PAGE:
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GPD confirms fishing co-op presented incorrect invoices in court

The Government Property Department has confirmed that the Ghaqda Koperattiva tas-Sajd presented incorrect invoices in court

jurgen
Jurgen Balzan
12 April 2017, 10:00am
The GPD did not enforce the eviction because “the ex-recognised tenants and occupier were tangled in a sensitive court case… it was felt better to await the final judgment”
The GPD did not enforce the eviction because “the ex-recognised tenants and occupier were tangled in a sensitive court case… it was felt better to await the final judgment”
The Government Property Department has confirmed that the Ghaqda Koperattiva tas-Sajd presented incorrect invoices in court, in the case brought by a sub-lessor who was being evicted by the co-operative after it had illegally leased part of the government building.

Last week, MaltaToday reported that Lambusa Maritime Company Limited had been ordered to vacate the premises it was sub-leasing from the Ghaqda Koperattiva tas-Sajd, which was itself served with an eviction notice in 2015 by the Lands Department.

Lambusa Maritime Company Limited’s owner Angelic Mifsud vacated the building on Monday after handing over the keys to a court marshal. 

Speaking to MaltaToday, Mifsud had said that the co-op presented invoices in the court case, showing that it had paid its lease to the Government Property Department (now the Lands Authority) for 2016-2017. 

“This makes no sense. Why should anyone pay a lease which has not been renewed?” Mifsud asked.

The director of the Government Property Department, Peter Mamo, confirmed that the invoices presented in court did not pertain to the premises at 150, Xatt is-Sajjied, Marsaxlokk. “GPD have not received any payments for the property at 150, id-Dwana, Xatt is-Sajjieda, Marsaxlokk for 2016 and 2017,” Mamo told MaltaToday. 

The invoices seen by MaltaToday – presented in court to prove that the co-op still has a title on the premises – are addressed to Koperattiva tas-Sajd Ltd, Dar is-Sajjieda, Xatt is-Sajjieda, Marsaxlokk, which is the address of a separate co-operative which has a title over a structure at the other end of the Marsaxlokk seafront.

Moreover, the invoices show that the payments were made from an account belonging to Koperattiva tas-Sajd Ltd.

In June 2015, the co-operative was informed by the GPD that its lease would not be renewed, and was given up to the end of December 2015 to vacate the building.  

The GPD ordered the eviction because the 1982 agreement between the government and the co-op prohibits sub-letting of the premises. But this was breached more than once. 

The GPD’s Lands Department had investigated at least three instances when the co-op illegally sub-let the premises.

Over the years, part of the premises for which the co-op pays just €700 in annual rent, was used as a fish shop, an insurance broker office, and more recently as a fish packaging and storage facility run by Lambusa Maritime – who paid €36,000 a year for the sub-lease.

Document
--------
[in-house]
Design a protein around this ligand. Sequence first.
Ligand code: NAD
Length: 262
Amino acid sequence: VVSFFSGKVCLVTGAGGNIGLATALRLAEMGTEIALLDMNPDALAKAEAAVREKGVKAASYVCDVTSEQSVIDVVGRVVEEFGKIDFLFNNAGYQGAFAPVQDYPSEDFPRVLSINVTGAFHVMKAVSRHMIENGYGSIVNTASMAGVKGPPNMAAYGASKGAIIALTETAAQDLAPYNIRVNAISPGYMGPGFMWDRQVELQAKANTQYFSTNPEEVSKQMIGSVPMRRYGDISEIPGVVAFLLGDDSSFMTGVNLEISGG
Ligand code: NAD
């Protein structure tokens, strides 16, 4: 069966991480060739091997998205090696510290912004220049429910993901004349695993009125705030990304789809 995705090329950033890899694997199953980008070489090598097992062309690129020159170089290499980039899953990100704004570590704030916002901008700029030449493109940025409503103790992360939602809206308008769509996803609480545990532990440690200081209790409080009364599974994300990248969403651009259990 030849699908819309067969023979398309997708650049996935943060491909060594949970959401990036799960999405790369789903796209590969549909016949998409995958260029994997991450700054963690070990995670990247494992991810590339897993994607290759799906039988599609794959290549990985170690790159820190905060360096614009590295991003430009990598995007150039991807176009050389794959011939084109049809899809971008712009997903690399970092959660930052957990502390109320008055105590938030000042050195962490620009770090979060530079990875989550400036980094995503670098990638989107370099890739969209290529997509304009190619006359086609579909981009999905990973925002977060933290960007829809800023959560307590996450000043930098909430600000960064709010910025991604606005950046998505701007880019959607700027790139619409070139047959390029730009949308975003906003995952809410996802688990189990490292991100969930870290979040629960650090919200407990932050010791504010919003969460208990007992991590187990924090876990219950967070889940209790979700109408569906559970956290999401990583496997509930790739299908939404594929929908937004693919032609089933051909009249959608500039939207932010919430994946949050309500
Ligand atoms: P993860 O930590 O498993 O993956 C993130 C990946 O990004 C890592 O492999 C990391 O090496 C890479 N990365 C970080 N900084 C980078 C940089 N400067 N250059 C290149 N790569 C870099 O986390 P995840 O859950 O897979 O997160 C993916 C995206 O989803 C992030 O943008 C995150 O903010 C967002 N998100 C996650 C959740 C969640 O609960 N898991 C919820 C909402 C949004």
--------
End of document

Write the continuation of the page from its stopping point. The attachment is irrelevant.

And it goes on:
After the eviction order, Mifsud stopped paying the sub-lease. The co-op is however still using the building, because the GPD never enforced the eviction.

Asked why the GDP has not enforced the eviction, Mamo said “the ex-recognised tenants and occupier were tangled in a sensitive court case and therefore, since the case was sub-judice, it was felt better to await the final judgment.”

Pressed on whether any action will be taken now that the court case is over, Mamo said “the Lands Authority will be taking appropriate action in due course.”

After vacating the premises on Monday, Mifsud said he duly handed over the keys to the court marshal but said the cooperative might attempt to obtain the key from court.

“Given that the cooperative has not been kicked out and are still making use of the premises, what guarantee do I have that the cooperative does not gain access to the facilities?”

Mifsud said he had invested over €1.5 million in freezing and packaging facilities for use in the premises, which he now can no longer make use of, almost bringing his business to a complete standstill. 

MaltaToday is informed that following the publication of last week’s report, the Ghaqda Koperattiva tas-Sajd’s secretary Paul Piscopo was convened by the board of Cooperatives Malta, where Piscopo serves as secretary-general. 

However, sources said that Piscopo did not show up for the urgently convened meeting. 

In November 2016, MaltaToday reported that government slapped the Ghaqda Koperattiva tas-Sajd with a judicial letter after it failed to pay a €95,407 loan granted in 2002. 

The latest accounts published by the cooperative show over a seven-year period, it has lost over €200,000 as it went from a surplus of €25,000 in 2007 to a loss in 2014. 

The 2014 audited accounts gave the cooperative an adverse opinion because it failed to recover over €56,000 from its commercial debtors and suffered a €37,105 loss.

“I have paid the cooperative around €289,000 over the past few months, so the obvious question which comes to mind is ‘where has that money gone?’” Mifsud said. 

jurgen
Jurgen Balzan joined MaltaToday in 2011, specialising in politics, foreig...